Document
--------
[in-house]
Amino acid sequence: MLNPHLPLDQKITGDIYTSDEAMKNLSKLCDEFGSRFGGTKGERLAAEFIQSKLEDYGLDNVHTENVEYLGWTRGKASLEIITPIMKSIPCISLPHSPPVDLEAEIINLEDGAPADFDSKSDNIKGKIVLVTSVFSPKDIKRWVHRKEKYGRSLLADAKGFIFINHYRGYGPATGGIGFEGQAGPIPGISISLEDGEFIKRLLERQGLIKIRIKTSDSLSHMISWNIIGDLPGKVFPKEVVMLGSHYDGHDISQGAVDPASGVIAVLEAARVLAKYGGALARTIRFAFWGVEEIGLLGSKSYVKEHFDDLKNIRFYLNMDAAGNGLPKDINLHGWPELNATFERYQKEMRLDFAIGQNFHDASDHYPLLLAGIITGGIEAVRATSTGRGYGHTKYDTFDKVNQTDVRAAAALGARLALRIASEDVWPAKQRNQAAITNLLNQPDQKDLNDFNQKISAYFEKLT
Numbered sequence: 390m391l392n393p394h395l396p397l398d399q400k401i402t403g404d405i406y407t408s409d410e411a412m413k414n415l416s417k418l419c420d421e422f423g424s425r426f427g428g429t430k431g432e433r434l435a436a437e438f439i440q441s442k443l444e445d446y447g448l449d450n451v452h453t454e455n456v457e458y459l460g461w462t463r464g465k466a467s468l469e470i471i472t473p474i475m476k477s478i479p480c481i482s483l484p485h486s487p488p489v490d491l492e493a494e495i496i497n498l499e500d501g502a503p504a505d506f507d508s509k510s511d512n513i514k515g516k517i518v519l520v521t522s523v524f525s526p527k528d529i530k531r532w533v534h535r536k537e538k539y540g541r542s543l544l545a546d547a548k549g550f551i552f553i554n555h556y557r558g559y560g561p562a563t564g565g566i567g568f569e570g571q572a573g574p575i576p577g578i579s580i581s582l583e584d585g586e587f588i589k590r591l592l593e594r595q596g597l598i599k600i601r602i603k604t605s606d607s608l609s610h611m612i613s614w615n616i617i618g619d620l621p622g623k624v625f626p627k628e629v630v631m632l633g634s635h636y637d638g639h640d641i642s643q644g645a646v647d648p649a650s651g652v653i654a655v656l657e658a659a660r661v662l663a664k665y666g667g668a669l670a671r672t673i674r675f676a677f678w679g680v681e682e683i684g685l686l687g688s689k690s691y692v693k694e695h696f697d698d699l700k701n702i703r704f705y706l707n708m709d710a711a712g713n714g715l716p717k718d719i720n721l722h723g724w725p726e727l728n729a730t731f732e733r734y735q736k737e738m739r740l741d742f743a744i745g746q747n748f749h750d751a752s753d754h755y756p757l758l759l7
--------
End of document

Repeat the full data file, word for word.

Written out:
[in-house]
Amino acid sequence: MLNPHLPLDQKITGDIYTSDEAMKNLSKLCDEFGSRFGGTKGERLAAEFIQSKLEDYGLDNVHTENVEYLGWTRGKASLEIITPIMKSIPCISLPHSPPVDLEAEIINLEDGAPADFDSKSDNIKGKIVLVTSVFSPKDIKRWVHRKEKYGRSLLADAKGFIFINHYRGYGPATGGIGFEGQAGPIPGISISLEDGEFIKRLLERQGLIKIRIKTSDSLSHMISWNIIGDLPGKVFPKEVVMLGSHYDGHDISQGAVDPASGVIAVLEAARVLAKYGGALARTIRFAFWGVEEIGLLGSKSYVKEHFDDLKNIRFYLNMDAAGNGLPKDINLHGWPELNATFERYQKEMRLDFAIGQNFHDASDHYPLLLAGIITGGIEAVRATSTGRGYGHTKYDTFDKVNQTDVRAAAALGARLALRIASEDVWPAKQRNQAAITNLLNQPDQKDLNDFNQKISAYFEKLT
Numbered sequence: 390m391l392n393p394h395l396p397l398d399q400k401i402t403g404d405i406y407t408s409d410e411a412m413k414n415l416s417k418l419c420d421e422f423g424s425r426f427g428g429t430k431g432e433r434l435a436a437e438f439i440q441s442k443l444e445d446y447g448l449d450n451v452h453t454e455n456v457e458y459l460g461w462t463r464g465k466a467s468l469e470i471i472t473p474i475m476k477s478i479p480c481i482s483l484p485h486s487p488p489v490d491l492e493a494e495i496i497n498l499e500d501g502a503p504a505d506f507d508s509k510s511d512n513i514k515g516k517i518v519l520v521t522s523v524f525s526p527k528d529i530k531r532w533v534h535r536k537e538k539y540g541r542s543l544l545a546d547a548k549g550f551i552f553i554n555h556y557r558g559y560g561p562a563t564g565g566i567g568f569e570g571q572a573g574p575i576p577g578i579s580i581s582l583e584d585g586e587f588i589k590r591l592l593e594r595q596g597l598i599k600i601r602i603k604t605s606d607s608l609s610h611m612i613s614w615n616i617i618g619d620l621p622g623k624v625f626p627k628e629v630v631m632l633g634s635h636y637d638g639h640d641i642s643q644g645a646v647d648p649a650s651g652v653i654a655v656l657e658a659a660r661v662l663a664k665y666g667g668a669l670a671r672t673i674r675f676a677f678w679g680v681e682e683i684g685l686l687g688s689k690s691y692v693k694e695h696f697d698d699l700k701n702i703r704f705y706l707n708m709d710a711a712g713n714g715l716p717k718d719i720n721l722h723g724w725p726e727l728n729a730t731f732e733r734y735q736k737e738m739r740l741d742f743a744i745g746q747n748f749h750d751a752s753d754h755y756p757l758l759l7